A common question that I hear from buyers that are looking for a new home is “Do I really need my own agent if I am purchasing a new home from a builder?” It is a common thought that it isn’t like a traditional transaction and the new home sales person is there to help them. It is true that most new home sales people are very helpful, but they work directly for the builder, by law they cannot represent the buyer too. In most cases builders already have compensation worked out for buyer’s agents, and it will not cost the buyer any more to have one. Below are a list of items that having your own agent can benefit you while you’re purchasing new!
• Most builders use their own contracts. A buyer’s agent can review and advise if there is anything out of the ordinary that an attorney should review.
• During the building process there will be several meetings and inspections of your new home. Agents have been through these meetings many times and know what to expect, and know if something isn’t being handled correctly.
• Buyer’s agents that sell new homes will know what all the builders in the area are offering. This is beneficial when you are negotiating, to ensure you are getting the Best Deal!
• Do you need a home inspector? An agent will be able to tell you if this is necessary, and if it is they can know which local inspectors specialize in this area.
• Is there special financing needed to purchase new. Some builders require large nonrefundable deposits to build, some require the purchaser to get the construction loan.
• How much Earnest Money Deposit should you put down? Is it more or less than a traditional sale?
• Are there any hidden costs, fees with building new? Is it more or less than buying a resale?
Why should you chose ME as your buyer’s agent? The answer is Experience. I spent over 13 years as a new home builders myself. I am still a licensed general contractor. I know what I am looking at during the inspections and can help explain the process, from start to finish. I have also worked directly for the builders as a new homes sale person. I have been on the other side representing the builder and I know their process, how they operate, and how to negotiate with them. I have earned the highly regarded CSP Designation (Certified New Home Professional) from the National Association of Home Builders.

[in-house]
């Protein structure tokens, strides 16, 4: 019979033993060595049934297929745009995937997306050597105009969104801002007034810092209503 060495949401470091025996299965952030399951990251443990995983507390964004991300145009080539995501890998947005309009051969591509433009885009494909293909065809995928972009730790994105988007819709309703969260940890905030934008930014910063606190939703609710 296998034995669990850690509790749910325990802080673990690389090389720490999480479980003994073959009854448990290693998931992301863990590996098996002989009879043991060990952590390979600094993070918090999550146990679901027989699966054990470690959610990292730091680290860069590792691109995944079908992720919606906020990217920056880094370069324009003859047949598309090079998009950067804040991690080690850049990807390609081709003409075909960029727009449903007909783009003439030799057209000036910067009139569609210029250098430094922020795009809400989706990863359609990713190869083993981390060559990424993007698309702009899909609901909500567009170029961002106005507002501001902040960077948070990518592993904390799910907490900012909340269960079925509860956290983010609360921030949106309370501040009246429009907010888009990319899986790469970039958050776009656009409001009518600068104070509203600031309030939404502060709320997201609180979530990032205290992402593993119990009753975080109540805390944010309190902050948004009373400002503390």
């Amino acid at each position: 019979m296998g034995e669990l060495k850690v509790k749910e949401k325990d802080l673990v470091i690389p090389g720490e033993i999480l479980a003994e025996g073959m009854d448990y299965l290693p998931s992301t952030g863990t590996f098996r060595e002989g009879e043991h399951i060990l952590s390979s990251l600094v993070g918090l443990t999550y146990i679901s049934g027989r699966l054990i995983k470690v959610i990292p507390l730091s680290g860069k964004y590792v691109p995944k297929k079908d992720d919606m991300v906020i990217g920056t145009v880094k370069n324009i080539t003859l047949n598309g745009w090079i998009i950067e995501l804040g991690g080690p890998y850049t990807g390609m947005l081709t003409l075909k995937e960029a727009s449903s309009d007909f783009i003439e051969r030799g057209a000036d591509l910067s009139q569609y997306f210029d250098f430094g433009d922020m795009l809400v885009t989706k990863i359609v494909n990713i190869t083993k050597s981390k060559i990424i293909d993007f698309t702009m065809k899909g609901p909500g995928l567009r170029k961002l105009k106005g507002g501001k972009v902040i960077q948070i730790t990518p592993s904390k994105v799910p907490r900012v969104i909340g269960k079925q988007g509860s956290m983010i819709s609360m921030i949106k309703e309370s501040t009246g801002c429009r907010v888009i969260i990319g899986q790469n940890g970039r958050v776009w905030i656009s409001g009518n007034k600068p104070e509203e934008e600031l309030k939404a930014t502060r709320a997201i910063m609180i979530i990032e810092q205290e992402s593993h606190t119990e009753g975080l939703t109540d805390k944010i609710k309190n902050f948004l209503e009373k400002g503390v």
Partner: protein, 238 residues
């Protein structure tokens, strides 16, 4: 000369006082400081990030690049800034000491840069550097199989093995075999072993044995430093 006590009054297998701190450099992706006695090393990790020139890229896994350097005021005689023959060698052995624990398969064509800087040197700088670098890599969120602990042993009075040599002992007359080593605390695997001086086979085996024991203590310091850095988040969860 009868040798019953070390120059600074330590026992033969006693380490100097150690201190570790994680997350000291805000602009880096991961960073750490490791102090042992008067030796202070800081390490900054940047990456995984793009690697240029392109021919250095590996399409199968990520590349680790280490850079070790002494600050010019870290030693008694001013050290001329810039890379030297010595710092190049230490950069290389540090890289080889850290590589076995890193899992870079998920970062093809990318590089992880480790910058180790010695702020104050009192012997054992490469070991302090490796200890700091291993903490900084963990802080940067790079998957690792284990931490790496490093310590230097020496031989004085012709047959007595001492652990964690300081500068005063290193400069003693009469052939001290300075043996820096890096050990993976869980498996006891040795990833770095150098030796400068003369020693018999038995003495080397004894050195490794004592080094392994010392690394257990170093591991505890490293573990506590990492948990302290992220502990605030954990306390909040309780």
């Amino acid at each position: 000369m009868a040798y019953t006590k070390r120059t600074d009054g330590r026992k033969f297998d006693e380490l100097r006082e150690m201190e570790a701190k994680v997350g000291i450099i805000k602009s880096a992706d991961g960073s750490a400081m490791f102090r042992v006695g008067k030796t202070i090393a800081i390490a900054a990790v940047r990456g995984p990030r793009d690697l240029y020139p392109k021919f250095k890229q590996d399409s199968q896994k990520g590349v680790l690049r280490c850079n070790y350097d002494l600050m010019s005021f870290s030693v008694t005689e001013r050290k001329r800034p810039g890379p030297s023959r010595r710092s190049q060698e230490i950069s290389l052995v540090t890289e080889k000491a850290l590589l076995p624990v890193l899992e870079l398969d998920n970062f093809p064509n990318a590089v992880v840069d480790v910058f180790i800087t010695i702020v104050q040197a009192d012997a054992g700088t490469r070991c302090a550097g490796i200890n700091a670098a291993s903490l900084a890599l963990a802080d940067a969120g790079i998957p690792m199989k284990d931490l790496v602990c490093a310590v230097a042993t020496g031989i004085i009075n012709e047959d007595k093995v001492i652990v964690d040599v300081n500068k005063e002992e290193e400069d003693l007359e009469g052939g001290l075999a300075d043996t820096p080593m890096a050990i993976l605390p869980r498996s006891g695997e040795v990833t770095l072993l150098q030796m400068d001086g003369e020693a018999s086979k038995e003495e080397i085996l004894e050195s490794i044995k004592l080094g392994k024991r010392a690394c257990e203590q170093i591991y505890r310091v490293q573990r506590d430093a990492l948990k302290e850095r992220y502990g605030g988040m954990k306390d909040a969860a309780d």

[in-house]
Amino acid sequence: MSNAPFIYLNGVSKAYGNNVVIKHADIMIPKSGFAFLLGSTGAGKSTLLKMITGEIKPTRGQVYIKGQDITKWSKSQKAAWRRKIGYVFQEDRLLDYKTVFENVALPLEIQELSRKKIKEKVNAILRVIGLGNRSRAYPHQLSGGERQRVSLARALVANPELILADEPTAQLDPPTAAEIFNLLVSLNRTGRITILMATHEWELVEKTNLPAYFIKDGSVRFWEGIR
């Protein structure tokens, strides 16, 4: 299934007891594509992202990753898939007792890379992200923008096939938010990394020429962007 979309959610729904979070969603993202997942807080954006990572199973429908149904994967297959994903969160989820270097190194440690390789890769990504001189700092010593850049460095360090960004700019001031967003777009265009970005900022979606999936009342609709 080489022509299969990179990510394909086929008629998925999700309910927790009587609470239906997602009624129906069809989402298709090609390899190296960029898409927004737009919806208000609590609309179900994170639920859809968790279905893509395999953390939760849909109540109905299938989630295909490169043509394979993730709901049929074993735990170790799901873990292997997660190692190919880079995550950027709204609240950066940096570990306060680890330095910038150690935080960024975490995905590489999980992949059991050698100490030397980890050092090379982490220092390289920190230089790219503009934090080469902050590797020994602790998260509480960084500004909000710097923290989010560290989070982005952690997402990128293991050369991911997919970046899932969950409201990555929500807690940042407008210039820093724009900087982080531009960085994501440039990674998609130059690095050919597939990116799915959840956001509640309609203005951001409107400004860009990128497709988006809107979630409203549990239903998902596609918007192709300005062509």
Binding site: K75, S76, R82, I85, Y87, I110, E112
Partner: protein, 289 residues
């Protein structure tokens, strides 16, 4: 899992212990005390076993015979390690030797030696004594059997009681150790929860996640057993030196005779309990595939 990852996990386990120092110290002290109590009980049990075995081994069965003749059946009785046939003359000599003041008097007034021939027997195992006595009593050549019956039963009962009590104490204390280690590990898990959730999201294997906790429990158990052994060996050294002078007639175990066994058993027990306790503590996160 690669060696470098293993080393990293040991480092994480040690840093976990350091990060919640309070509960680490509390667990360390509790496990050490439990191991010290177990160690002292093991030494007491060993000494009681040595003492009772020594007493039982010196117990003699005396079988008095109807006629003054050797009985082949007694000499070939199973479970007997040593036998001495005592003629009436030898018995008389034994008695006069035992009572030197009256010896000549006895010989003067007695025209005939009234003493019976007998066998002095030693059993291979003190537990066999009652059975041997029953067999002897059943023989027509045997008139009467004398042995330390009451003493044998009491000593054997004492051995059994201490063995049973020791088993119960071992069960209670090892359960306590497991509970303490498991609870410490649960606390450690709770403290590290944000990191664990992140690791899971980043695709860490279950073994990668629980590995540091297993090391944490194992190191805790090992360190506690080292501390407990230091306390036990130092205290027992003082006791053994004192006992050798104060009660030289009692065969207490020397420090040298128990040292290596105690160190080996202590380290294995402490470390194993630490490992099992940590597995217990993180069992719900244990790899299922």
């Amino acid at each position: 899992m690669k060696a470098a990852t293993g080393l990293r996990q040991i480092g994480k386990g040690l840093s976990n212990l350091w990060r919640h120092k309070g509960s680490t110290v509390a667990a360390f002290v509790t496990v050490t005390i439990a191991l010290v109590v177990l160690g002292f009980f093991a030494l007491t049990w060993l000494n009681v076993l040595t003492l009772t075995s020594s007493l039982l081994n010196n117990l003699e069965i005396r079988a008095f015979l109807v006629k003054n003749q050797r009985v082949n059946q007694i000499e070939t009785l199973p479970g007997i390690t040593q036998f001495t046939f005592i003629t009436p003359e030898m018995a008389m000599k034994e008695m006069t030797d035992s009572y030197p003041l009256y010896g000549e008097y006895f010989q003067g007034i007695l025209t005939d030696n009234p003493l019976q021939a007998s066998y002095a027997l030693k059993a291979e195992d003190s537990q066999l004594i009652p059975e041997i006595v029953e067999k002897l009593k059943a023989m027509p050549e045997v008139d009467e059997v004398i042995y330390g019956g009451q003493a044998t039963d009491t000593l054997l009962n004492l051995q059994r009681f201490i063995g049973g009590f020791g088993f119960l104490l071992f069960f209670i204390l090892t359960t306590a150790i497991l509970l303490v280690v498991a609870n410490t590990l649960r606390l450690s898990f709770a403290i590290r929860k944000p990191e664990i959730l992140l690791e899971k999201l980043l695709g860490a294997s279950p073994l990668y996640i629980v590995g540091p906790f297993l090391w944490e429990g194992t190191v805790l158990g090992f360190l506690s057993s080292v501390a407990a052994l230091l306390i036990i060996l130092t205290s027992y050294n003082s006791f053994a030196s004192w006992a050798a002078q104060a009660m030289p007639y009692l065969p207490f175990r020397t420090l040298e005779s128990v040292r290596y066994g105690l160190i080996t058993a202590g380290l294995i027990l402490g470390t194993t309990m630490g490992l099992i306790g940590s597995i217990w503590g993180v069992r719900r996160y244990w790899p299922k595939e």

If you are considering the largest investment of your life; a new home. Give me a call, I will give you the insight to make the best decisions throughout the process.
In the Past few years we have dealt with an oversupply of homes. So many foreclosures and short sales, at any given time you could find a dozen homes that fit your criteria; but that has all changed. I found this great article at Inman News that explains why this is happening. Check it out, Clink link at the bottom for the full article. Thanks Aaron
An excellent report published by Zillow’s Svenja Gudell documents the large number of U.S. homeowners who are still underwater, owing more on their mortgages than their homes are worth. While down from the peak of 31.4 percent in 2012, 18.8 percent of homeowners are in a negative equity positionEqually problematic, as the report points out, is that many homeowners who have escaped from being underwater are barely treading water: 36.9 percent of homeowners with a mortgage are “effectively underwater,” according to Zillow, since they simply don’t have enough equity in their homes to consider selling the property and moving up to a new, larger house.
New-home construction hasn’t recovered
New-home inventory has improved marginally since bottoming out in 2012, but is still nearly at the lowest levels in the 40 years that this information has been reported, according to NAHB data compiled by Calculated Risk.
Current inventory levels are roughly half of what there would be normally, and about a third of what they were at the peak in early 2007. Builders overbuilt as the housing boom passed its peak, and stopped building almost entirely when faced with the daunting task of trying to compete with their own recently built inventory that had been foreclosed on and was now available to buyers at a significant discount. Builders shifted their strategy towards building fewer new homes, but larger and more expensive ones.
Foreclosure activity has slowed
Distressed homes made up a significant part of the home sales inventory, peaking with the sale of over 1 million lender-owned properties in 2010. But foreclosure activity has been slowing down for the past few years.
A recent report from RealtyTrac notes that foreclosure starts have declined for 22 consecutive months. Foreclosure activity, while still between two to three times higher than normal, is at its lowest levels since 2006, and running at about 50 percent of where it was at the peak.